The Arizona Court of Appeals has set a date of February 1st for conferencing on Kari Lake’s lawsuit attempting to overturn the results of the 2022 General election.

“Our appeal is scheduled to be heard before the court on February 1st. Do not underestimate @KariLake’s desire to get justice for the people of Arizona. It doesn’t matter how long it takes. She will see this through,” tweeted the Lake campaign.

According to the Epoch Times, her court date was initially set for March, but her trial will now be handled as a “special action petition.”

Chief Judge Kent Cattani and Presiding Judge Maria Cruz issued an order Monday accepting the jurisdiction of the case and setting the schedule. At the end of December, Lake’s attorney Bryan Blehm submitted a Petition for Special Action to the court of appeals detailing the Plaintiff’s arguments of why the superior court was incorrect in dismissing the case. The judges stated that this petition would be used as the Plaintiff’s opening brief.

The Defendants, former Secretary of State Katie Hobbs (D) and Maricopa County Recorder Stephen Richer, have until January 17th to file their brief explaining why the lower court was correct to dismiss the case. The Plaintiffs then have until January 24th to submit another brief replying to the Defendants before the court meets in February. According to AZ Law, the order did not schedule any oral arguments for this case, but those are still an option.

When the special action petition was filed, Blehm also filed a Petition to Transfer, requesting this case skip the appeals court entirely and go directly to the Arizona Supreme Court. However, as reported by The Arizona Sun Times, Justice John Lopez shot that petition down because the Court of Appeals had also taken the case. This was not a judgment on the merits of Lake’s case.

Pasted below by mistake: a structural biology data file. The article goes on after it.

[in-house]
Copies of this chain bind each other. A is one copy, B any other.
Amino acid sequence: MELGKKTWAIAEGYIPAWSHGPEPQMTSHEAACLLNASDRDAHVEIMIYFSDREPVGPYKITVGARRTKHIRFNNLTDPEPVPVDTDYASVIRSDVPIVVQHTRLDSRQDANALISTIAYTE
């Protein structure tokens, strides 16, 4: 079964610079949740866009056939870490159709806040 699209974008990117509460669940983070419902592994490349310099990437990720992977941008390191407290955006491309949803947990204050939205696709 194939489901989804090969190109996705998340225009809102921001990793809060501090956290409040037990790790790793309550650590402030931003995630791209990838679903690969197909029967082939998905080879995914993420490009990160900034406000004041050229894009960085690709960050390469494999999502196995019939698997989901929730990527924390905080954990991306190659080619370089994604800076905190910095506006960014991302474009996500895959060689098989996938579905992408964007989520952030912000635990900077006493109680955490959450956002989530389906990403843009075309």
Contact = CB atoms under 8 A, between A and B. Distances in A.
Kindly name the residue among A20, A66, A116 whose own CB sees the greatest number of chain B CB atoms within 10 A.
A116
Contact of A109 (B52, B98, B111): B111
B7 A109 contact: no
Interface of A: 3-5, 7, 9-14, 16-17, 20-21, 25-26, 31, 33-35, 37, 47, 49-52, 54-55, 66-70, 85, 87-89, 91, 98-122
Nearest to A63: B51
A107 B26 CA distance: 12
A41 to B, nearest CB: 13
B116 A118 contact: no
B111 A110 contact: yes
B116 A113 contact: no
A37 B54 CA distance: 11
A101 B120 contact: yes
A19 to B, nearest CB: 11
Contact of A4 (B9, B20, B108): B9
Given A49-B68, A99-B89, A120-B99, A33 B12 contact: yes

Moreover, a poor ruling from the appeals court will likely not make the end of this legal battle. When the Arizona Supreme Court turned down Lake’s petition, she said, “I am confident the case will end up in their hands eventually,” and has also previously stated she is ready and willing to take this case all the way to the supreme court.

As for Lake’s special action petition, now opening brief, Blehm argued that the lower court erred in its ruling. He alleged that the “clear and convincing” standard of evidence enforced by the court is “not the standard that the election-contest statute requires for misconduct.”

Additionally, he stated that vacating the election results and holding a new election would not hurt anyone at this point. Plaintiffs hold to their claims that issues from election day disenfranchised voters, so if a new election were held, it would ensure that was not the case. Moreover, Blehm claimed that Hobbs’s term would continue even with a new election, so conducting a do-over would not deny the people of Arizona a functioning government.

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Neil Jones is a reporter for The Arizona Sun Times and The Star News Network. Follow Neil on Twitter. Email tips to [email protected].
Photo “Kari Lake” by Kari Lake.